Why Trees are Important?
Trees take up carbon dioxide during the day and give out oxygen.  This process helps fight global warming.  Trees act as sponges during wet spells thus
preventing flooding, erosion and flashy rivers.  Trees provide cooling shade and warming fuel.  Trees do all sorts of wonderful things even removing
pollutants from the soil.  Plant them with pride.

In 2010 The NFA with a grant from the
Newtown Tree Project distributed 3,500 tree saplings of various varieties: Fir, Pine, Spruce & Aborvite (Cedar)

For planting instructions click the link to down load -
PLANT ME  

Planting Instructions for your saplings
  • Keep tree roots moist.  Undo plastic bag so that it can breathe.
  • Pick a good spot or use a pot until it gets larger to transplant elsewhere later - remember it will grow.
  • It’s an upland tree.  It can even be part of a hedge.
  • Dig a hole free of stones, rocks and boulders and deep enough to extend the roots freely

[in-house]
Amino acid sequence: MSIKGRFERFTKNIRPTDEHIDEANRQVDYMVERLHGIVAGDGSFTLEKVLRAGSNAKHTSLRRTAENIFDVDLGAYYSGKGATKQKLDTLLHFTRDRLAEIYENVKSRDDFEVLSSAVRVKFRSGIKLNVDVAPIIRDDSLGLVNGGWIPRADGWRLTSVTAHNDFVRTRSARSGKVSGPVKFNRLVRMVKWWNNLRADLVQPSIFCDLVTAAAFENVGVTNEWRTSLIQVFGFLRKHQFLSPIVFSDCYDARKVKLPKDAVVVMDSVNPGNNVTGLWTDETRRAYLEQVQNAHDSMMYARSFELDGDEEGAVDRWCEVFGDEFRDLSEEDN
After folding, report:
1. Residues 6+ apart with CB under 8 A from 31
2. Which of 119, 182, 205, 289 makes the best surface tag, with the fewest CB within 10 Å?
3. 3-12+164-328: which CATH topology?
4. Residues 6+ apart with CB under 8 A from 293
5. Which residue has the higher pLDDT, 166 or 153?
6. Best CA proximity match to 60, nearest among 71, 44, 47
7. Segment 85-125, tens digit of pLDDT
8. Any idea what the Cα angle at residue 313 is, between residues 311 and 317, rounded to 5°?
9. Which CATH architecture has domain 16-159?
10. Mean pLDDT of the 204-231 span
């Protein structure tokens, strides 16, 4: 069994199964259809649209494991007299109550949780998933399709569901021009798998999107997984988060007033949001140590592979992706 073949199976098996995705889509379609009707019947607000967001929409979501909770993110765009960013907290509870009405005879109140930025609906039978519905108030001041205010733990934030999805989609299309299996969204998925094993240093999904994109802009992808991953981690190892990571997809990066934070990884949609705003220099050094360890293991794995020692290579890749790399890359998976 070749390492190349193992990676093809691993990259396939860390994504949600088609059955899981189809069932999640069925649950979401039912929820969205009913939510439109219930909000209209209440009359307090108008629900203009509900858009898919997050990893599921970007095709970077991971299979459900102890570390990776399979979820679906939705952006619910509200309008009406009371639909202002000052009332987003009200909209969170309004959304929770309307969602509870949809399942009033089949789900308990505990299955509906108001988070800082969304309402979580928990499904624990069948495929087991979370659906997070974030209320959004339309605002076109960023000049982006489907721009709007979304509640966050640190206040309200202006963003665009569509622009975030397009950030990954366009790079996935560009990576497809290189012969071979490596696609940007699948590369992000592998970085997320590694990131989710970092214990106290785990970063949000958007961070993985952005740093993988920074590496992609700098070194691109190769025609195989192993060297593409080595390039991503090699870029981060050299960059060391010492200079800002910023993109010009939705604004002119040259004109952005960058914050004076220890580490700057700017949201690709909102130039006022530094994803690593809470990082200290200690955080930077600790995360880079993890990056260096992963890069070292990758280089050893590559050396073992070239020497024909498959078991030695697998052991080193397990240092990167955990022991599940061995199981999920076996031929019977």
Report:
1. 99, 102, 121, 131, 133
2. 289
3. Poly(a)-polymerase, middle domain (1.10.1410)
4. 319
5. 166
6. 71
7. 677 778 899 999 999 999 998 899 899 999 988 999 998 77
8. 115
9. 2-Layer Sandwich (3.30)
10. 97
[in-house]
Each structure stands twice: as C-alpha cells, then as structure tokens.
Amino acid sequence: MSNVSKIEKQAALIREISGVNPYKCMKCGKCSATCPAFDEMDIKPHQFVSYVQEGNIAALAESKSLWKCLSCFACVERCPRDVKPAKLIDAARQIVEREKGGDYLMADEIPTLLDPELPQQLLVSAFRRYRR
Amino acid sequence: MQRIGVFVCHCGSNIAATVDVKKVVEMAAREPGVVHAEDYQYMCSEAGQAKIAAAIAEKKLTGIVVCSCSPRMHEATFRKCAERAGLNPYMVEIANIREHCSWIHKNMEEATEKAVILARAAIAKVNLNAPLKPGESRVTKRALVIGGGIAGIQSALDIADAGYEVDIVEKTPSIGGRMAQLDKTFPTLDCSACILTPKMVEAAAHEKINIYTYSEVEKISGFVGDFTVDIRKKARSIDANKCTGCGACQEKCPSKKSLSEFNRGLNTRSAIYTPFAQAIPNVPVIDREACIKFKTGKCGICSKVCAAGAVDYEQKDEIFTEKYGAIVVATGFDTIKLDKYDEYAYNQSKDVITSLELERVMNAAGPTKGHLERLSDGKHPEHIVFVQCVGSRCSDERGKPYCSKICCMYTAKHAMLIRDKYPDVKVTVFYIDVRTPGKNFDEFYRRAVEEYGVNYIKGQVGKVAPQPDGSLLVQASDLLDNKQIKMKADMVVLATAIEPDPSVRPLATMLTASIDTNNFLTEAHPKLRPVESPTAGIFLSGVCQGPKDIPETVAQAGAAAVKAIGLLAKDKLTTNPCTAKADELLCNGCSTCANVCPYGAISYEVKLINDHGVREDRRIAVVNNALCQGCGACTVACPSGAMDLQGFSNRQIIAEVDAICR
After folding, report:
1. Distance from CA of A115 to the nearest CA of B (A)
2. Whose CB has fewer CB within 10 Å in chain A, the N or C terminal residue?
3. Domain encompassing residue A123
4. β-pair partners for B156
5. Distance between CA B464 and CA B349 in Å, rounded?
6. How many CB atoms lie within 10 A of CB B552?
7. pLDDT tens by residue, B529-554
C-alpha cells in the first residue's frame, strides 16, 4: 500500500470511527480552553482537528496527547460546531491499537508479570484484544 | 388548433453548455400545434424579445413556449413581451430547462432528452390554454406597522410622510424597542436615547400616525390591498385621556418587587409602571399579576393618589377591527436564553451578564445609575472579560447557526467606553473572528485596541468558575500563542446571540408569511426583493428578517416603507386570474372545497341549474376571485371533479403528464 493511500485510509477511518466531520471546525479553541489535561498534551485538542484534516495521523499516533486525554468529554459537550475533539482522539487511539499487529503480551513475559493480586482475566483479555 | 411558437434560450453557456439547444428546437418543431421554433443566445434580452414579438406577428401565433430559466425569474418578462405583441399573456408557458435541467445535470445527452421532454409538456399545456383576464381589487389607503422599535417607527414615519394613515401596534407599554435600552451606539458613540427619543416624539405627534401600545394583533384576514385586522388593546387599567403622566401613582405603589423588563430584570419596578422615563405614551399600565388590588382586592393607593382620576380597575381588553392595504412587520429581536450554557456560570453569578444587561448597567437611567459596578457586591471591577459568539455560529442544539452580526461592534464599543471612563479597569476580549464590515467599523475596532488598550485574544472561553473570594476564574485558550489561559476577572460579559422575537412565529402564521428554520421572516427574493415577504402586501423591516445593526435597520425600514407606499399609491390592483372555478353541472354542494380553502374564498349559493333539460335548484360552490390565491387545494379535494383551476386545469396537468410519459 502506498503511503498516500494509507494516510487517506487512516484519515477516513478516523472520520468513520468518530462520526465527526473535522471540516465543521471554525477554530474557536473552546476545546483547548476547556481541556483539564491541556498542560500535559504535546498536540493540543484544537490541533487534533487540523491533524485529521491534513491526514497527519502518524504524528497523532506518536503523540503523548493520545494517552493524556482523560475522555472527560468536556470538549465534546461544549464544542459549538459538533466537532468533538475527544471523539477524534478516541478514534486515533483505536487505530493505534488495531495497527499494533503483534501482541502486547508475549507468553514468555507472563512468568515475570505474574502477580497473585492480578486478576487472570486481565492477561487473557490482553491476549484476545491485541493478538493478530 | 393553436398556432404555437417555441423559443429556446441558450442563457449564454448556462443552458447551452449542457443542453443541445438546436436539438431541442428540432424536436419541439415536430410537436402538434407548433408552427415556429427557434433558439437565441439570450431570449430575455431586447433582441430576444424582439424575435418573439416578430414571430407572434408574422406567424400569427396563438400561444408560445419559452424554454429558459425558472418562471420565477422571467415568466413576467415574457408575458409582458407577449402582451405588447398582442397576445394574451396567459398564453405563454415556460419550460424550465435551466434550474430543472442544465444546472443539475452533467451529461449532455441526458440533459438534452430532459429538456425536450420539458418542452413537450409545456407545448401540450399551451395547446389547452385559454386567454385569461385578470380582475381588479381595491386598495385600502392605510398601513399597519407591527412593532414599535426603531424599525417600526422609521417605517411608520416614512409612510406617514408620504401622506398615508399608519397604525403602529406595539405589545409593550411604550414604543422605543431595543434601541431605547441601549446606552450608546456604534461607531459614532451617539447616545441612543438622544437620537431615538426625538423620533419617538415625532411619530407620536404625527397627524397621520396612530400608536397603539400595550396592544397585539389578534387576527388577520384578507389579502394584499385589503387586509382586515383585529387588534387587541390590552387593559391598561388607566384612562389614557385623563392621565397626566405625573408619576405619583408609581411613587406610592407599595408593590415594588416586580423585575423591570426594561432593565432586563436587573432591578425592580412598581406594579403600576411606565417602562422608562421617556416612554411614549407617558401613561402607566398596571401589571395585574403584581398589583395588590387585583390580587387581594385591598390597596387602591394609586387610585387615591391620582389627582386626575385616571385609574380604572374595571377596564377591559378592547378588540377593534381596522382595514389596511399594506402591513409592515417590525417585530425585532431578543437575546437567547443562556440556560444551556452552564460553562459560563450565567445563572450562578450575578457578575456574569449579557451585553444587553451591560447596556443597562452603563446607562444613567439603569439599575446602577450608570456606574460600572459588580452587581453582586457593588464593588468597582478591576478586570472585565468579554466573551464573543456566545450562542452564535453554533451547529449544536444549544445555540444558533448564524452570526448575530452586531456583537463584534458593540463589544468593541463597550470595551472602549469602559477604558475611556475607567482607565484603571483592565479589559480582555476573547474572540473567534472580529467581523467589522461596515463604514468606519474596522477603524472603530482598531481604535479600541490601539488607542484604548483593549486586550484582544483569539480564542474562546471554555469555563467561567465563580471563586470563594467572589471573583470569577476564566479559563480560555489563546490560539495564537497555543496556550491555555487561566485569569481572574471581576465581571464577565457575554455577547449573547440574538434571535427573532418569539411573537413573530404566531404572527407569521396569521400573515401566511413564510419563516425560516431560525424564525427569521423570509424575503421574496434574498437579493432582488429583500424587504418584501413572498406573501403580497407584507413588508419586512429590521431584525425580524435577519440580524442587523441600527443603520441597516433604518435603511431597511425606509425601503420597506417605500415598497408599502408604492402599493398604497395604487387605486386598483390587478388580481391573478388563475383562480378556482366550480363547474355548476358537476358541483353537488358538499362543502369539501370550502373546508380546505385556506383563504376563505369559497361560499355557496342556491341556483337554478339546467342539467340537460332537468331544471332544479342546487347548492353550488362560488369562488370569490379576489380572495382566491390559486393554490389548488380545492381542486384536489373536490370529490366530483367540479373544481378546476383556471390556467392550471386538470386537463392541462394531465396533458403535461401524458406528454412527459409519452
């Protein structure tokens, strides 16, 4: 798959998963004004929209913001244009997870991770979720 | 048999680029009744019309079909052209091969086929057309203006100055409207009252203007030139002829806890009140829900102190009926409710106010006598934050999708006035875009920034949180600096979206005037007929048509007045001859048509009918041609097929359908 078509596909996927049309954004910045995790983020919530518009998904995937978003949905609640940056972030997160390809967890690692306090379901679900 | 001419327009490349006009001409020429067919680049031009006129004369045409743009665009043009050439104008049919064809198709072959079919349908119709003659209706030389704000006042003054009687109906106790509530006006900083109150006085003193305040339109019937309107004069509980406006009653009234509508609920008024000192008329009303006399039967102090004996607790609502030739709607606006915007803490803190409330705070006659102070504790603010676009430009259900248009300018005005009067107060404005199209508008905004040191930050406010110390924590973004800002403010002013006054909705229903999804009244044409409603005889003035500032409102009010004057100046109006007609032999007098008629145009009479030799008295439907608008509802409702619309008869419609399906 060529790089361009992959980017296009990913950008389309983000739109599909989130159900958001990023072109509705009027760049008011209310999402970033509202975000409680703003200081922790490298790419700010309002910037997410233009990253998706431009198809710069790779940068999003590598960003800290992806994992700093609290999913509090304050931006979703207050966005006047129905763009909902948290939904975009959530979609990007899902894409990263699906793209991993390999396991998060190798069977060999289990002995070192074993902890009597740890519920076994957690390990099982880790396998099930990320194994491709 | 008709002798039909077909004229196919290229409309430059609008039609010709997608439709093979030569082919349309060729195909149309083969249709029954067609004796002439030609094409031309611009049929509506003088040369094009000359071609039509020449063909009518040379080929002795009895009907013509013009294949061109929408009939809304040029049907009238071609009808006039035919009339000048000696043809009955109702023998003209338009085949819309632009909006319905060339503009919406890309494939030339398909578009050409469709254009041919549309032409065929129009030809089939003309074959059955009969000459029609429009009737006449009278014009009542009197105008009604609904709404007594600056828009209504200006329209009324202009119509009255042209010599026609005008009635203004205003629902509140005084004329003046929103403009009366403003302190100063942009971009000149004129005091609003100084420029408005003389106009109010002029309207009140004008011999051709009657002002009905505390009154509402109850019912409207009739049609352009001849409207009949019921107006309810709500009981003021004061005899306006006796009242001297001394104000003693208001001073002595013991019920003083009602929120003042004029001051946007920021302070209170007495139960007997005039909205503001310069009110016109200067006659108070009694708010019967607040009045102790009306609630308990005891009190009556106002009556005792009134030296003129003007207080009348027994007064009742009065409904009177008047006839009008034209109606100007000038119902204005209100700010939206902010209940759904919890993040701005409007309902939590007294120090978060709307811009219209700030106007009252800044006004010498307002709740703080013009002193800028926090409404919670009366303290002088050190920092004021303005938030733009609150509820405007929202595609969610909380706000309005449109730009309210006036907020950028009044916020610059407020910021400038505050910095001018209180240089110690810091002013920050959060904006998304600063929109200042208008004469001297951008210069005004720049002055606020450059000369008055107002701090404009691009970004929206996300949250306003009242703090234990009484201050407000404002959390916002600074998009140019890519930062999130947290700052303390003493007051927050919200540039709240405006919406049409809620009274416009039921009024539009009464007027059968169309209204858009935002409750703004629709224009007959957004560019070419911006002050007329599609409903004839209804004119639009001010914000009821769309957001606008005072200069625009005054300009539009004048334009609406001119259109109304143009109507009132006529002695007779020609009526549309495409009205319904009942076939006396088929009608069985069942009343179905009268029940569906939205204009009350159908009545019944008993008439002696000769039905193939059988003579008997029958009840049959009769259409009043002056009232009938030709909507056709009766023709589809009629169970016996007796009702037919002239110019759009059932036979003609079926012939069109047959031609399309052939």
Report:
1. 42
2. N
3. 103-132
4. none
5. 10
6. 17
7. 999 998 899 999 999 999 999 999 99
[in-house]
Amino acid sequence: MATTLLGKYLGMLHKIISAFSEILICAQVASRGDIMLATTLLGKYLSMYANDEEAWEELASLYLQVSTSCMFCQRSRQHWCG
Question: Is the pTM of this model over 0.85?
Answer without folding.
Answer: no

• Mix in compost or leaf mold, so that the soil is a mixture of sand, loam and something that holds the moisture so the rootlets can get a good start.
  • Put the tree in and back fill the soil so that the soil level is even with the tops of the roots. (DO NOT PRUNE)
  • Make sure that there are no air pockets around the roots by packing the soil down.
  • Make sure your tree gets a soaking once a week during its first two growing seasons.
  • Transplant your tree only when it’s in dormancy between September 15 and April 30

Trouble Shooting Points

  • If you plant the tree too shallow, the roots will dry out.
  • If you plant the tree too deep, the trunk will suffocate.
  • If you plant it in sand, the soil will dry out too fast.  Too wet, the roots can’t function.
  • If you plant it in the wrong spot, your tree may have to be moved later or it could die.
How To Plant Your Tree Sapling
Newtown Forest Association
Connecticut's Oldest Private Land Trust
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2012 the NFA handed out 4000 tree sapplings - what kind of tree did i
get?

We handed out 4 types of trees - sh:

White Pine - long soft needles - 1-2"

Cedar - Very short clusters, not really needless

Colorado Blue Spruce - Sharp needles - 3/4"

Canaan Fir - short soft needles -1/2"